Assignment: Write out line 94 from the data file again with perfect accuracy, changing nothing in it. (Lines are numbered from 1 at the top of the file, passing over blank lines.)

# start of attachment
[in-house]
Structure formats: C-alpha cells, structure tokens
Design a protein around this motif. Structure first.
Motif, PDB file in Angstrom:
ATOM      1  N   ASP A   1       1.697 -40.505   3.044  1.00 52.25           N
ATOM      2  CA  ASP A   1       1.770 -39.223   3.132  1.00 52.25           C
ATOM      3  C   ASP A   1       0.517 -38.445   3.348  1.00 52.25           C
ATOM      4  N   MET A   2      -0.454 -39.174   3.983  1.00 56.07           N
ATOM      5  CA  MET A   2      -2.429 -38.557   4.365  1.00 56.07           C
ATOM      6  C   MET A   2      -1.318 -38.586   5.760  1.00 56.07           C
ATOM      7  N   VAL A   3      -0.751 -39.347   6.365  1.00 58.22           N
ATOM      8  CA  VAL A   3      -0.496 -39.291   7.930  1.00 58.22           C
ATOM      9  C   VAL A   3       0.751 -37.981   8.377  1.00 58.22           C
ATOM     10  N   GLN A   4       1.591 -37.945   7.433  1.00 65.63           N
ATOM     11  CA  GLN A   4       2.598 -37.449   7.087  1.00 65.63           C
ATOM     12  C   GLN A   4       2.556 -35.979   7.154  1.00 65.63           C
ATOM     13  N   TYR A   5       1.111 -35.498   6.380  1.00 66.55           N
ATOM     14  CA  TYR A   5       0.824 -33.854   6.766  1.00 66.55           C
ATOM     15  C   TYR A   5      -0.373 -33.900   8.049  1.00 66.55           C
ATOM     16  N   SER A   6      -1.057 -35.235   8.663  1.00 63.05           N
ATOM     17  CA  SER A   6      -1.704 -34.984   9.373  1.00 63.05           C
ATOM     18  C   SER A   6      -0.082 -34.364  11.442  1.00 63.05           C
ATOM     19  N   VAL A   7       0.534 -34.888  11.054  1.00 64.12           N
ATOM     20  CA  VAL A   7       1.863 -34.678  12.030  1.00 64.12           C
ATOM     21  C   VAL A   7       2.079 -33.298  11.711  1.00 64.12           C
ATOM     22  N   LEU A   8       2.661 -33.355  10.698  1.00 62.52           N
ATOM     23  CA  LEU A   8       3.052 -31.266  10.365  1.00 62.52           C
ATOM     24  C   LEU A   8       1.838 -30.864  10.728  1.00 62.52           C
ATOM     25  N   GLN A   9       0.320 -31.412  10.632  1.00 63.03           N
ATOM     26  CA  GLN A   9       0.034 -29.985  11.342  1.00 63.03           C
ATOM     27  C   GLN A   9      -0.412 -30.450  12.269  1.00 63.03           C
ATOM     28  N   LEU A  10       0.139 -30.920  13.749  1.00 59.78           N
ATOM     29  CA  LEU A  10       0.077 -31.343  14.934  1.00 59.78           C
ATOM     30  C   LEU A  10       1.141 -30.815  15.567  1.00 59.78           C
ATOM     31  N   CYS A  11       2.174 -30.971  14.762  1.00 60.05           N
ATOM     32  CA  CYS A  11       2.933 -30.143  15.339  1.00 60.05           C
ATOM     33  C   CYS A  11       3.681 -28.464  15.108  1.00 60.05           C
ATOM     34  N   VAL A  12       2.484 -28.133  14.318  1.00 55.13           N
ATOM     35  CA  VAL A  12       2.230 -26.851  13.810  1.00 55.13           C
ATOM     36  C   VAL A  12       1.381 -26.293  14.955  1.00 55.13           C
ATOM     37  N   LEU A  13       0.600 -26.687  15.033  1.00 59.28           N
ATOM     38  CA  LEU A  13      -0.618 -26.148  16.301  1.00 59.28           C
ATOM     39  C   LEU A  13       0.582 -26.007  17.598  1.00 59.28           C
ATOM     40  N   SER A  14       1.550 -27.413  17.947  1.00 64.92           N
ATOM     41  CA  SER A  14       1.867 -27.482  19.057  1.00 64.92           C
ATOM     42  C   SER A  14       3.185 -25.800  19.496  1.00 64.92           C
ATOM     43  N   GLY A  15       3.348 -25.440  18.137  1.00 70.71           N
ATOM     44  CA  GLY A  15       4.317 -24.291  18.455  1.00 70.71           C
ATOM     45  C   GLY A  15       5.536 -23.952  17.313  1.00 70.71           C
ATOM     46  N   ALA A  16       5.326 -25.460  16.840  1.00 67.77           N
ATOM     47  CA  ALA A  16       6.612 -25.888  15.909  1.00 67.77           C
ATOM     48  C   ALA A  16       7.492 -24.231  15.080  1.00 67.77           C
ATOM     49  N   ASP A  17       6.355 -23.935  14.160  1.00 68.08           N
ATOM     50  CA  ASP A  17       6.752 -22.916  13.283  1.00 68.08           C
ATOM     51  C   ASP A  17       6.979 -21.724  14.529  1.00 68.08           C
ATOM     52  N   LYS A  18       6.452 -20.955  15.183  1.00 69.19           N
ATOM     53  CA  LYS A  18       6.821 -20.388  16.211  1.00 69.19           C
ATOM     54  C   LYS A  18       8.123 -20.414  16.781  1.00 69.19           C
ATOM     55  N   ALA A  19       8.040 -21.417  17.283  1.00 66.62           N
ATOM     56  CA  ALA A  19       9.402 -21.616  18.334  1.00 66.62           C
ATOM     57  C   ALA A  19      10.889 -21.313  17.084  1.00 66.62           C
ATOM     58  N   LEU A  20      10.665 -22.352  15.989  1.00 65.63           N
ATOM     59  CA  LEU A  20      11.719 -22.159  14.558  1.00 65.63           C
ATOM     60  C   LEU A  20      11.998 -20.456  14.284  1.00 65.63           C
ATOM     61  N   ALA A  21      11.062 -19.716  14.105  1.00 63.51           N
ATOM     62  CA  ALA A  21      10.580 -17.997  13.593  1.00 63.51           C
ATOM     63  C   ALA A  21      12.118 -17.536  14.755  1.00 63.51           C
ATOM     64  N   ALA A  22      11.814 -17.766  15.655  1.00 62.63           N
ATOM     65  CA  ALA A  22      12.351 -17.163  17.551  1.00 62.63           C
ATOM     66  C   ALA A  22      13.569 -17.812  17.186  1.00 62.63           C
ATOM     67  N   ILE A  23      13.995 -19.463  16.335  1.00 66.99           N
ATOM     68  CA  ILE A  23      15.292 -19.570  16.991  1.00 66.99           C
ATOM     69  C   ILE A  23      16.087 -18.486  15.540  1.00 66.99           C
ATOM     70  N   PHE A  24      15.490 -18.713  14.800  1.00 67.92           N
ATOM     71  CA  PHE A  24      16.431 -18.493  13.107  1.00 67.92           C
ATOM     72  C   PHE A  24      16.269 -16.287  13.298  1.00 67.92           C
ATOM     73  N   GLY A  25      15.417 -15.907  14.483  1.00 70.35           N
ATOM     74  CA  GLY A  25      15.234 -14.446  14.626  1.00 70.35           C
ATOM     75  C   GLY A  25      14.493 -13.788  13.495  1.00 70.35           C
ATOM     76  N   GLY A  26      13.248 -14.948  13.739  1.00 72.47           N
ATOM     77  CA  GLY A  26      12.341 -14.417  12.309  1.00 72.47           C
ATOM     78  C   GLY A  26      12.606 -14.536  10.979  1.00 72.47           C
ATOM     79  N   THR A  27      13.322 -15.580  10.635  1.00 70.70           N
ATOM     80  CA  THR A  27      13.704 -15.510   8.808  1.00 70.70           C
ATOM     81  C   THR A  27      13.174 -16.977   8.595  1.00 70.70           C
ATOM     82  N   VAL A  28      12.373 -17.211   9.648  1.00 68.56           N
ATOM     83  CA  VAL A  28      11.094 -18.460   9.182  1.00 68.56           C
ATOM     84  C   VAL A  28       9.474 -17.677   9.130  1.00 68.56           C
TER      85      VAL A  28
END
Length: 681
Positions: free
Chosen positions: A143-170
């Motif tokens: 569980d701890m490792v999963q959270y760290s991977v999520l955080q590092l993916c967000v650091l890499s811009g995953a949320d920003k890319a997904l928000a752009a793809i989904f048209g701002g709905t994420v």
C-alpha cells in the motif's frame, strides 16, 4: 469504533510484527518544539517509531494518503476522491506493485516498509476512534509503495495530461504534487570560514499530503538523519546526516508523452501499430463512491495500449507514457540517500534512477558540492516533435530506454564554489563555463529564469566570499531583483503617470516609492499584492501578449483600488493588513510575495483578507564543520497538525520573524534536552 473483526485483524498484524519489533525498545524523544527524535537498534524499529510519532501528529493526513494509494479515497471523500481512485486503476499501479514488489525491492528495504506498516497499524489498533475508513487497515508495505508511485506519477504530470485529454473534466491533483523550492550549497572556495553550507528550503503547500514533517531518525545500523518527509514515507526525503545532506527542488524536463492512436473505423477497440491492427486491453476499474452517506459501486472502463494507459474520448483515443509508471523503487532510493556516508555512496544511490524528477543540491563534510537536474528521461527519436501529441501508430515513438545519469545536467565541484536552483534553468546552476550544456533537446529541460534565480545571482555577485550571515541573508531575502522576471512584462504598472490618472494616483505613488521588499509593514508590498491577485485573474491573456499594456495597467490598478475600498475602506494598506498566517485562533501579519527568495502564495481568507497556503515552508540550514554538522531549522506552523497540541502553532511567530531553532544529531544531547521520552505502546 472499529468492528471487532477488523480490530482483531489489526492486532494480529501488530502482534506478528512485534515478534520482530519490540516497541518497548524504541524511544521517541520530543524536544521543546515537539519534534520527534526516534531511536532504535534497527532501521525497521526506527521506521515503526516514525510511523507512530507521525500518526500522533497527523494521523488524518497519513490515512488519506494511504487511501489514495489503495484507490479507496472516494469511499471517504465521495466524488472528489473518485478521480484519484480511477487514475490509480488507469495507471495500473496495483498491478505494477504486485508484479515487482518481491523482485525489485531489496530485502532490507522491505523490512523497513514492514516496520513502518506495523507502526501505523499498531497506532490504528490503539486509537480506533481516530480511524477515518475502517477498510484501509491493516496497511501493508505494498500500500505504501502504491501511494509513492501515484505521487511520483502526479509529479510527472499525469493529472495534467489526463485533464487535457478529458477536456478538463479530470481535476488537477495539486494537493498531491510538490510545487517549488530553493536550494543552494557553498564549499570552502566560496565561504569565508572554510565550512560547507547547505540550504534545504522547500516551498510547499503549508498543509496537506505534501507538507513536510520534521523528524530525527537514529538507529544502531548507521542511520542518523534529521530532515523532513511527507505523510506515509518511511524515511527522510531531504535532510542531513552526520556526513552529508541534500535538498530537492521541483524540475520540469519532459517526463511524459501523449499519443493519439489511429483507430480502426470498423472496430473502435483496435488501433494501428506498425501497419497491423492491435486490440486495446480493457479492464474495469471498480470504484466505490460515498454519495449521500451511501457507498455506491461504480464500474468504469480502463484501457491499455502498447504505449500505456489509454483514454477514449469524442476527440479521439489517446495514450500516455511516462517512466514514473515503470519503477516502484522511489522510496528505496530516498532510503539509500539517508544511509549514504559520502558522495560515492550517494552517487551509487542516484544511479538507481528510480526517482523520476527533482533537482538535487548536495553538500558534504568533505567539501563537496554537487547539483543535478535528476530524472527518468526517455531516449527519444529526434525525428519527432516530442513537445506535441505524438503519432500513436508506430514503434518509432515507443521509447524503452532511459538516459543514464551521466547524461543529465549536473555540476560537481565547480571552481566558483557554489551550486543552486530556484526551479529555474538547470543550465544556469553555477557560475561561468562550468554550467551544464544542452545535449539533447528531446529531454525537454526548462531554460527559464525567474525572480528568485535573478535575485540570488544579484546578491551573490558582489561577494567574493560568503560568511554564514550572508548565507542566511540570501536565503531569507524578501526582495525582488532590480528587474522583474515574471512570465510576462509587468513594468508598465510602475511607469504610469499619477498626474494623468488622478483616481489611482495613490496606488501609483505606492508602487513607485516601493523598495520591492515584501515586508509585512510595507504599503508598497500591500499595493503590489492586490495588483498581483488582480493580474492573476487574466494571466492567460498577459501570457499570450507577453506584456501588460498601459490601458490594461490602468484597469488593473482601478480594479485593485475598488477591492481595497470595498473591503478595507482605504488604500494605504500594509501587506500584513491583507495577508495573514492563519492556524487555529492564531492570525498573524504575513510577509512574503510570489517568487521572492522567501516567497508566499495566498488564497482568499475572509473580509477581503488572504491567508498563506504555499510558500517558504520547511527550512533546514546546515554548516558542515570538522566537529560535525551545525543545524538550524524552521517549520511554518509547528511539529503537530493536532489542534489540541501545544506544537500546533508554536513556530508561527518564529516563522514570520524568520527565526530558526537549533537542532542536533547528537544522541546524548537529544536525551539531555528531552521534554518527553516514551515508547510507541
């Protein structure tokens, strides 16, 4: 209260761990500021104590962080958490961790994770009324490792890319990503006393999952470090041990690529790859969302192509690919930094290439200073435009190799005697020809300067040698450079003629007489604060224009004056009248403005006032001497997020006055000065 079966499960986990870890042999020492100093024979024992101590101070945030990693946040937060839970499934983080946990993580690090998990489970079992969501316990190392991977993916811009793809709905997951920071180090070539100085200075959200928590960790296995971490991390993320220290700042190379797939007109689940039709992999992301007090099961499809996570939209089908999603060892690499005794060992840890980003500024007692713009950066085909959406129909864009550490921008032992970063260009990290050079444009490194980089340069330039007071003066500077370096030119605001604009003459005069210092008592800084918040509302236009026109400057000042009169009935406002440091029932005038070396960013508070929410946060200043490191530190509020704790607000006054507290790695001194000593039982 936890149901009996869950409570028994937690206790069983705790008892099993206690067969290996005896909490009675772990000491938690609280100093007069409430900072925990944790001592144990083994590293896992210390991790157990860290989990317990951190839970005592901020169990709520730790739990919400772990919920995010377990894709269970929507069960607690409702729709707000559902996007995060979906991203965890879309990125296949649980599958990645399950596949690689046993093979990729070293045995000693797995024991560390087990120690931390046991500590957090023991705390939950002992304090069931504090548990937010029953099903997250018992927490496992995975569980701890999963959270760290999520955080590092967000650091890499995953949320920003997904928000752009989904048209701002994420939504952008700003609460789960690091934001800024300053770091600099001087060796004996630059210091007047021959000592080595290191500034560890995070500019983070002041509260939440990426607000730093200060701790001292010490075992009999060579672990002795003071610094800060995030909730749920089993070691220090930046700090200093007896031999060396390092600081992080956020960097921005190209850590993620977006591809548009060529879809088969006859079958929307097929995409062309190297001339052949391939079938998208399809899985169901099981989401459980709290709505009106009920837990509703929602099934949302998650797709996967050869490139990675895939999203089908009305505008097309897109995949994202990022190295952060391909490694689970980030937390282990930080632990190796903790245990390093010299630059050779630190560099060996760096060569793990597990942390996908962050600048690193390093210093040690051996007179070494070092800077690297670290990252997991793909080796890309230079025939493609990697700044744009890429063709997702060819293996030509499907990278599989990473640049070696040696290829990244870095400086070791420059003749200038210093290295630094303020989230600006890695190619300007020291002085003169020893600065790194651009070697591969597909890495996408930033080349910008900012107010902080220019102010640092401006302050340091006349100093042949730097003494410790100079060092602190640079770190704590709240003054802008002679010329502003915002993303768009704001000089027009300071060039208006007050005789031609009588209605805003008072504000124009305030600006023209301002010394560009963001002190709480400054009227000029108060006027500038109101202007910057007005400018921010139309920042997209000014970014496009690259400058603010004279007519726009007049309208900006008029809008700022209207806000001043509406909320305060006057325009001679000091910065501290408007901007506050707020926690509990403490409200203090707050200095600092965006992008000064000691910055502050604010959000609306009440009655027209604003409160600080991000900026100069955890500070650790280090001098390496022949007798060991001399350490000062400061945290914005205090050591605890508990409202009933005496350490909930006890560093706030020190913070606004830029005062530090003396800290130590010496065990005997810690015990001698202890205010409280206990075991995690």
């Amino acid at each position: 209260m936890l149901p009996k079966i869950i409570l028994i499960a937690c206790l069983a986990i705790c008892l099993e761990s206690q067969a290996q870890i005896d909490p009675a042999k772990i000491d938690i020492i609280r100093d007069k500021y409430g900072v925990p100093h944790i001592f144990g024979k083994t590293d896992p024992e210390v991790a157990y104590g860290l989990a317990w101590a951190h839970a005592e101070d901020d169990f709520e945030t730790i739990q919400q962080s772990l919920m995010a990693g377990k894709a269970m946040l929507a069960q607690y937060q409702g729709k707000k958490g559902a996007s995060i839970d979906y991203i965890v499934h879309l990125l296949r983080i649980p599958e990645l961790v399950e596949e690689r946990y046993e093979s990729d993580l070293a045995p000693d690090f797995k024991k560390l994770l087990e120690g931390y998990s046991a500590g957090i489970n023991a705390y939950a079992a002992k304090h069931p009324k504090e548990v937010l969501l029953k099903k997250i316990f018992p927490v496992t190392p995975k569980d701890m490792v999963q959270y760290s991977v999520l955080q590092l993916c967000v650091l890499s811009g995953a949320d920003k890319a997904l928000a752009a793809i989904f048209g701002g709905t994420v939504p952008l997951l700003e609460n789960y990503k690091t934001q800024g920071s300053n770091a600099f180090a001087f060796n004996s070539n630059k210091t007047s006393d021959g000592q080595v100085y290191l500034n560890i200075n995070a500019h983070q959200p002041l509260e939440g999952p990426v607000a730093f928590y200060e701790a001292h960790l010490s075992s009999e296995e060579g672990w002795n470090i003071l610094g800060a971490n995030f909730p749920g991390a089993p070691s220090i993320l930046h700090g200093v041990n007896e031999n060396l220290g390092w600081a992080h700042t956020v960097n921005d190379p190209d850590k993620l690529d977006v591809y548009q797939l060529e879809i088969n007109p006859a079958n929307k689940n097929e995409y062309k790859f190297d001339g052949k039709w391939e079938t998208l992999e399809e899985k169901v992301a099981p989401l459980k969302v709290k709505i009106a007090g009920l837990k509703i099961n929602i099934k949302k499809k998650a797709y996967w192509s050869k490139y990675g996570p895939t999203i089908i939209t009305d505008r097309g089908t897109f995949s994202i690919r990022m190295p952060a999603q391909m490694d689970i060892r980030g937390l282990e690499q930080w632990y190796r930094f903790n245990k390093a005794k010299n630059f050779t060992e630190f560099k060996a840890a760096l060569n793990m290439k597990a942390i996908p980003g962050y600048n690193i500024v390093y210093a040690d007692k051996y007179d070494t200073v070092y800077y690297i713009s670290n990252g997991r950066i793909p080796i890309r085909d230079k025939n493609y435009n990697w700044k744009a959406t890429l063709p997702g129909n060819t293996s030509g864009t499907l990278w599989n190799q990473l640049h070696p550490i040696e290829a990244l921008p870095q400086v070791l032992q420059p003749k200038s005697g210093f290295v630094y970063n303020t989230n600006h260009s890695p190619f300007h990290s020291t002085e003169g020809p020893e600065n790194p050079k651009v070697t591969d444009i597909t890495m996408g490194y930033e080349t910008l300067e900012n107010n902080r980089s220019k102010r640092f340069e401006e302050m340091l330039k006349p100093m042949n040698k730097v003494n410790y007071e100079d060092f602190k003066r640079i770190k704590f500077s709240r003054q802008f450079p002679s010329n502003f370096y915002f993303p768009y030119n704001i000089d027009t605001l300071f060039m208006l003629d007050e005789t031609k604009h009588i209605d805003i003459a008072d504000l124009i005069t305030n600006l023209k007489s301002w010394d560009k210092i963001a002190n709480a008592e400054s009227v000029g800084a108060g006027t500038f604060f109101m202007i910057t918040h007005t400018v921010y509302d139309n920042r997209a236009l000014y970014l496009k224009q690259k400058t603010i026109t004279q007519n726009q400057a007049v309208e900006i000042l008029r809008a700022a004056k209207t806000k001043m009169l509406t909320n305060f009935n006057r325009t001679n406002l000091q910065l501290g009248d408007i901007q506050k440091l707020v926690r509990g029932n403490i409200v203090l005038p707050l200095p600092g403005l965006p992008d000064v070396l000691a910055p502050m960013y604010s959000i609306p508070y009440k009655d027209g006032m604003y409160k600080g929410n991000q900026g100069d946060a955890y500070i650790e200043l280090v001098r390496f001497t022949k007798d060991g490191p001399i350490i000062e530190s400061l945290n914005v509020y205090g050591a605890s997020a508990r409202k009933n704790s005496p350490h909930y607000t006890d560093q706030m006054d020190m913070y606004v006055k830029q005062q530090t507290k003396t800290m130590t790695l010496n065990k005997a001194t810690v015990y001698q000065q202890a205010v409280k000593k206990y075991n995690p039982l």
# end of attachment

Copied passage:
């Motif tokens: 569980d701890m490792v999963q959270y760290s991977v999520l955080q590092l993916c967000v650091l890499s811009g995953a949320d920003k890319a997904l928000a752009a793809i989904f048209g701002g709905t994420v």